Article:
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Every project is different so there is not a "one size fits all" solution to the process we use. There are differences between residential vs commercial and bulk production vs bespoke work. We will try to briefly outline most all of the actions and steps we utilize on a broad spectrum so you get a big picture view of how we may work together on your project, even if all the steps do not apply.


  • All projects begin as an idea, or in the conceptual stage. This is the birth of the project. This is the point where many homeowners will contact us.
  • After the conceptual stage the project moves into the planning stage. We have our idea and we are now ready to move forward with planning on how we will implement it, and how we will manufacture it. This is typically the stage where architects, designers, project managers and similar will first contact us.
  • The next stage is the manufacturing stage.

proc·ess


ˈpräˌses,ˈprōˌses/
noun
noun: process; plural noun: processes

A series of actions or steps taken in order to achieve a particular end.

  • Consult
    This is the initial contact with us either by email or phone or both. We talk about the project, budget, time frame, material, site/location, and other particulars. Together we then make a decision if we are a fit to move forward. For some projects, typically commercial or bulk production, this is the point where architectural renderings are, or have been, passed on to us. At this point the project can be in either the conceptual or planning stage.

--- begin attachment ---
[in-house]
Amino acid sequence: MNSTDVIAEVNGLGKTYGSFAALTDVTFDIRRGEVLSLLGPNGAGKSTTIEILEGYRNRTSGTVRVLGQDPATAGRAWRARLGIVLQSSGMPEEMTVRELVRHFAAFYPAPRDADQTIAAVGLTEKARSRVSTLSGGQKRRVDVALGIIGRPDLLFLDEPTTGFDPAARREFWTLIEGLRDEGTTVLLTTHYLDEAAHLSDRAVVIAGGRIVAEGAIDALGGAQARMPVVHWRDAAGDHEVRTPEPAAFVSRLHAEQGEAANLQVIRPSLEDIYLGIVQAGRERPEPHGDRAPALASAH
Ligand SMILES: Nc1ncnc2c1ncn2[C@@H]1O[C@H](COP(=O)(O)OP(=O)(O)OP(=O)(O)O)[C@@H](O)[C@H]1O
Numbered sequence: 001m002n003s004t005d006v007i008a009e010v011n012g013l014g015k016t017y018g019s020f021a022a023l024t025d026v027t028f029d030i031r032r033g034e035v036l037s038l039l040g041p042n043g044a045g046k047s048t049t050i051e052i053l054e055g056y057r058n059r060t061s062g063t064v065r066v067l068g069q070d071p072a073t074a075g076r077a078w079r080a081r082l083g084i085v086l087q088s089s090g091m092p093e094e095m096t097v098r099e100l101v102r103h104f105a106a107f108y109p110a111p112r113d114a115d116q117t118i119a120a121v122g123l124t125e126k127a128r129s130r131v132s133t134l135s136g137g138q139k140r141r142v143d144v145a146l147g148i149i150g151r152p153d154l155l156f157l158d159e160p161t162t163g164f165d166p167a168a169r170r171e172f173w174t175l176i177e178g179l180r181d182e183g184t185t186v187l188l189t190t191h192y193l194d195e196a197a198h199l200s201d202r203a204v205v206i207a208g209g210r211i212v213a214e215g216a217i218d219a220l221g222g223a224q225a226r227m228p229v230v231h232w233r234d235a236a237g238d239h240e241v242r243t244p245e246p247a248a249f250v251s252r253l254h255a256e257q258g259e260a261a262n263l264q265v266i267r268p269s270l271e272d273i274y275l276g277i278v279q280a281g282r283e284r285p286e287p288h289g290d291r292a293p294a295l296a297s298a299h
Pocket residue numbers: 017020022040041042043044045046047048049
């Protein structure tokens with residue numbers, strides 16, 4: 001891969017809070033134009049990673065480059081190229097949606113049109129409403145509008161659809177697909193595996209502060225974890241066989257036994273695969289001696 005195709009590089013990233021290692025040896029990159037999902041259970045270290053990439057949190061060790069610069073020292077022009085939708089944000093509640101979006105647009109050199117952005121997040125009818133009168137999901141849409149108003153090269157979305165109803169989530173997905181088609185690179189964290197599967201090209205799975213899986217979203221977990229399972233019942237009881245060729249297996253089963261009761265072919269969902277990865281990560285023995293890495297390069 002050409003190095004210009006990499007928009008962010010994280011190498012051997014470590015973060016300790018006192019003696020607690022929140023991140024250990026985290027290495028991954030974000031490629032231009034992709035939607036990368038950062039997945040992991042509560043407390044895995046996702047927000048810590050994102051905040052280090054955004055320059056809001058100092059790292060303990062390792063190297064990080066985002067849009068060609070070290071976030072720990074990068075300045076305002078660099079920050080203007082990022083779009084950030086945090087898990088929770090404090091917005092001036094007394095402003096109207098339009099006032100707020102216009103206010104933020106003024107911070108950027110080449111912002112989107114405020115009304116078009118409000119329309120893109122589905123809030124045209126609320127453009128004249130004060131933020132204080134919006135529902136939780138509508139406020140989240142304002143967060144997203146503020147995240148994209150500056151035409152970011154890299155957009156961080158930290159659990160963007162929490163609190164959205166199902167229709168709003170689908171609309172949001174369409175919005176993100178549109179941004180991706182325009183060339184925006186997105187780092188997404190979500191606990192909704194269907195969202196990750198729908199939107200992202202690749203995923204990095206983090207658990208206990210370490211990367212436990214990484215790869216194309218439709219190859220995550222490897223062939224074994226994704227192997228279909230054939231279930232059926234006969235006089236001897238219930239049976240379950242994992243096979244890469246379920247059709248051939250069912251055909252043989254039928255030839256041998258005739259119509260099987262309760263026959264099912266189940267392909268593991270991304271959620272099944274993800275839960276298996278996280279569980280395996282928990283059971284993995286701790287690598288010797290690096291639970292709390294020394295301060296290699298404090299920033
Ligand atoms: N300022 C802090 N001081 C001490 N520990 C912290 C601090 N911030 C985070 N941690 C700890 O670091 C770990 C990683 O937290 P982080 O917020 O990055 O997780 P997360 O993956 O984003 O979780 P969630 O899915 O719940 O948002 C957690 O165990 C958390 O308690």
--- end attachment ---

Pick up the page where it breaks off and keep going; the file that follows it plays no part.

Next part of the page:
• Meeting and/or site visit
    In house samples are shown to familiarize the client with our material. Notes from the initial consult are reviewed for accuracy. Depending on the project, an initial and unofficial site survey may be done, measurements and photos may be taken. In some cases a loose estimate can be made, or we can inform the client if staying within their budget is attainable. This second step of meeting/site visit is pretty typical, after the consult, with private projects for homeowners, designers, project managers and similar seeking bespoke or custom work. At this point the project is typically in the planning stage.
  • Estimate/bid and contracts sent
    At this point a written estimate is provided along with a contract for review.
  • Deposit is collected
    If the estimate or bid is accepted the next step is the collection of the deposit.
  • Contractual obligations of the client are fulfilled
    This does not apply to all projects but in some cases the client must provide a color swatch, or an item to match, a sink for a counter knockout, or anything else that was discussed in the consult/meeting and accepted in contract.
  • Site survey
    If needed, an official and full site survey will be conducted at this point. Templates are made for counters and surfaces. 3D scanning may be done if needed. Photos may be taken again.
  • Shop drawings
    If the project calls for shop drawings then we produce them for approval by the client. Shop drawings are typically produced for commercial and/or public projects. Examples would be park benches, cladding, architectural elements, and similar. There are cases where we produce drawings for private projects as well. Examples would be sinks, tubs, intricate integral designs and similar.
  • Samples produced
    Samples are created to portray color, texture, or for other reasons outlined in the contract and are shown to the client.
  • Manufacturing begins
    Once all of the steps above that are relevant to the project are done, we begin the manufacturing phase of the project.
  • Updates
    Depending on the scope of the job, typically in commercial or bulk production, or where there is a tight hard deadline, we send regular, sometimes daily, updates to our clients so they know exactly where we are at in terms of production. In private projects, or bespoke work, the updates are sent as needed as relevant to the project and the timeline. We are firm believers in wide open lines of communication throughout the process. As a general rule, updates are sent as benchmarks are hit throughout the project.